The temporal trend analyses explain whether and how contaminant concentrations are changing over time. As discussed above, a nonparametric test such as the seasonal MannKendall test does not require assumptions regarding the data distribution. However, significant seasonal fluctuations in the data will cause false negativeIn hypothesis testing, if the alternative hypothesis (Hᴀ) is true but is rejected in favor of the null hypothesis (H₀) which is not true, then a false negative (Type II, β) error has occurred (Unified Guidance). errors in the statistical test methods. Temporally dependent and autocorrelated data generally contain both a truly random and nonrandom component. Only strong correlations are likely to affect the results of further statistical testing. See also Section 4.5.1 and Section 4.6.2.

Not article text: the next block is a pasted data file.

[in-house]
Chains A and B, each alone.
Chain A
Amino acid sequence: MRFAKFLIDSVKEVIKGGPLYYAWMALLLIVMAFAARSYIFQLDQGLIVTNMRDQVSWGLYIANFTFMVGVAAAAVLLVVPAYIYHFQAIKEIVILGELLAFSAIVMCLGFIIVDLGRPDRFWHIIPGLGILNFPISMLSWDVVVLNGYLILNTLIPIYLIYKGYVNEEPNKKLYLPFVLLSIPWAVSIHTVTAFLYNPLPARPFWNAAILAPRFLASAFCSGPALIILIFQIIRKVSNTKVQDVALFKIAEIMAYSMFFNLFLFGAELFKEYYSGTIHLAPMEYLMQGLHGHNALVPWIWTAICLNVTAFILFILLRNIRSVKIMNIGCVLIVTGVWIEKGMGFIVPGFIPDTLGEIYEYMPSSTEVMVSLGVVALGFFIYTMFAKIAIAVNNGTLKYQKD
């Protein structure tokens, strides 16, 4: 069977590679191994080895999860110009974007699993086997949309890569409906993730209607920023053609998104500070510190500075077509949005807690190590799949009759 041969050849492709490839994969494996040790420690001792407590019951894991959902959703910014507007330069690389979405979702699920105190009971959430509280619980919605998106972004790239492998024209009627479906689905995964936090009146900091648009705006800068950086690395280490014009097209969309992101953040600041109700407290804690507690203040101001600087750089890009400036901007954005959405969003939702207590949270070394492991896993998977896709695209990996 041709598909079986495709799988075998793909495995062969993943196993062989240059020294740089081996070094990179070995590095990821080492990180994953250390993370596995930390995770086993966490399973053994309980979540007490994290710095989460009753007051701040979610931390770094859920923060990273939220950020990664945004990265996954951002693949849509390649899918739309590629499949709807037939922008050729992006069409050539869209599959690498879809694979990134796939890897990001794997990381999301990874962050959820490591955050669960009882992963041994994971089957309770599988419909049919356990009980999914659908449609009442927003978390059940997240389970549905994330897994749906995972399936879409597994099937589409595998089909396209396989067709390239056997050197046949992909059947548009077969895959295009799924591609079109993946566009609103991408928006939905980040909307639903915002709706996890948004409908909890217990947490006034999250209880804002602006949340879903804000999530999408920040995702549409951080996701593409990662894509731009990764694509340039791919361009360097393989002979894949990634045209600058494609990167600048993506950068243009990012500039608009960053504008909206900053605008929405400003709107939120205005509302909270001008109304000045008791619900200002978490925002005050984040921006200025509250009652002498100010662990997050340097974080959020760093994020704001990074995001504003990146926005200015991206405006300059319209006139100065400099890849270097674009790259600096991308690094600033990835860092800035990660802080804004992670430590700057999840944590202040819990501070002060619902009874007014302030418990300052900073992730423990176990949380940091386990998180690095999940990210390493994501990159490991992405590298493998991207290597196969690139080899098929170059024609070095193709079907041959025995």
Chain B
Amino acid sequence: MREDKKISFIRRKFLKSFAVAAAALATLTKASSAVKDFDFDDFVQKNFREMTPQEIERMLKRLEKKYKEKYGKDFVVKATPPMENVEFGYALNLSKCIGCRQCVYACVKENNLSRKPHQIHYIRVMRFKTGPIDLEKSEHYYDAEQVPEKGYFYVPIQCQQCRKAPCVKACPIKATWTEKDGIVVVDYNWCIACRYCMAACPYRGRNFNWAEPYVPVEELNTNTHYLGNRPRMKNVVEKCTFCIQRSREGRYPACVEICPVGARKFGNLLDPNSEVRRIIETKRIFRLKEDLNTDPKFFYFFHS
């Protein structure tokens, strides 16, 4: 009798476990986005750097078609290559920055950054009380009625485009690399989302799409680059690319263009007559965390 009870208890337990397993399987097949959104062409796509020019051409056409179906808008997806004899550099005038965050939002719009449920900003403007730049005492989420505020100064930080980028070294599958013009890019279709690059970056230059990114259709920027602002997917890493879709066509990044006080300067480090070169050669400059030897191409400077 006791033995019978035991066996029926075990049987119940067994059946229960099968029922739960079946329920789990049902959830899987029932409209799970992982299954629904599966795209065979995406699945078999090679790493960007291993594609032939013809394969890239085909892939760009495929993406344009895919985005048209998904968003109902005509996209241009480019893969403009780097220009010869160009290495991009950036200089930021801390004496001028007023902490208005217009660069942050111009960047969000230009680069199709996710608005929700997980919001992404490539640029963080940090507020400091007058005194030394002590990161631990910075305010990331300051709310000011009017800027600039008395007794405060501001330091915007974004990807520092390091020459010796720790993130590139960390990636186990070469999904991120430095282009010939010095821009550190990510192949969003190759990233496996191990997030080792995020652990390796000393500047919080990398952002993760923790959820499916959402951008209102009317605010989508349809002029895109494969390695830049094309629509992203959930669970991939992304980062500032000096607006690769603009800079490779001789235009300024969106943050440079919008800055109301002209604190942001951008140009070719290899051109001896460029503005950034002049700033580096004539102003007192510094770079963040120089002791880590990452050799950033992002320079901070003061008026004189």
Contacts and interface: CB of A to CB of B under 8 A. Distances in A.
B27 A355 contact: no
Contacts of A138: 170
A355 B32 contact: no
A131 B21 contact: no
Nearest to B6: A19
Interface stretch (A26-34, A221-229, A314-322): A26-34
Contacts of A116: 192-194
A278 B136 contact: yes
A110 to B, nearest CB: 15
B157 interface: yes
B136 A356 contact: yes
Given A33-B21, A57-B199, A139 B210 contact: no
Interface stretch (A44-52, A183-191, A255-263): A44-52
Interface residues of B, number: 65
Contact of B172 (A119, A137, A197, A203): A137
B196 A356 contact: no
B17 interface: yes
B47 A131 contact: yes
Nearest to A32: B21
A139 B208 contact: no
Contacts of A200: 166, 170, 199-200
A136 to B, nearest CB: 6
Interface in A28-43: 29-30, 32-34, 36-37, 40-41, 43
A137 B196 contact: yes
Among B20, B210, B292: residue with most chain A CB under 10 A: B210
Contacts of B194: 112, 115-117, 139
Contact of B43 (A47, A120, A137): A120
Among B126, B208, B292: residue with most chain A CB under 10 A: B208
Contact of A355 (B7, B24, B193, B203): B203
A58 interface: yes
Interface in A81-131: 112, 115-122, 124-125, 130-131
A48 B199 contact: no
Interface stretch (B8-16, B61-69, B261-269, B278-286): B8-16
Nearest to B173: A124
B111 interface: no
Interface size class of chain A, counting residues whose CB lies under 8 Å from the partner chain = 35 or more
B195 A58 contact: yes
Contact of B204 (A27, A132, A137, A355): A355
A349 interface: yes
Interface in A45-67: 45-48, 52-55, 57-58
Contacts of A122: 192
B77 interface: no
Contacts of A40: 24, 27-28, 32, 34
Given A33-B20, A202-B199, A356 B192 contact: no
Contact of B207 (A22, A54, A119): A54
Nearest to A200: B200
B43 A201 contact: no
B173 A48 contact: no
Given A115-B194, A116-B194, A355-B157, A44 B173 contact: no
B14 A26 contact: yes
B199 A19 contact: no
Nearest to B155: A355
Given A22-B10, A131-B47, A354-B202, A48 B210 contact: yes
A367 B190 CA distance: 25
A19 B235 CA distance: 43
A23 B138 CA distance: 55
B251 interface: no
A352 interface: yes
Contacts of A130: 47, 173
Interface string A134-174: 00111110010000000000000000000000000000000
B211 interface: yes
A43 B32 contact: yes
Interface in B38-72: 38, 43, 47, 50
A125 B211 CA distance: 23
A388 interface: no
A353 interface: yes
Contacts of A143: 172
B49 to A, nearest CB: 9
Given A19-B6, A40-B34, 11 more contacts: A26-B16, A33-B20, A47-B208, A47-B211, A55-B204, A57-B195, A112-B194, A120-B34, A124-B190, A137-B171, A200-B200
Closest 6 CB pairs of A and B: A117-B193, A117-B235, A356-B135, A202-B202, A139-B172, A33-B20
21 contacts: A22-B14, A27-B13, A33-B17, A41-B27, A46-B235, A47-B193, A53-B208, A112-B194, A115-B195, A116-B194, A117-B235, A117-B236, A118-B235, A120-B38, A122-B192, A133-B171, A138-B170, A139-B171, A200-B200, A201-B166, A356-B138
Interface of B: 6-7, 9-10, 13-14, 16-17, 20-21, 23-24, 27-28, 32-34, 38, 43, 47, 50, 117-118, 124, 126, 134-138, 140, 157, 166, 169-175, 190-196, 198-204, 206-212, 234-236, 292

Related Study Questions
Study Question 5: Is there a trend in contaminant concentrations?
Key Words: Temporal Trends, Remediation, Monitoring, Closure, Cyclic or Periodic Change
Publication Date: December 2013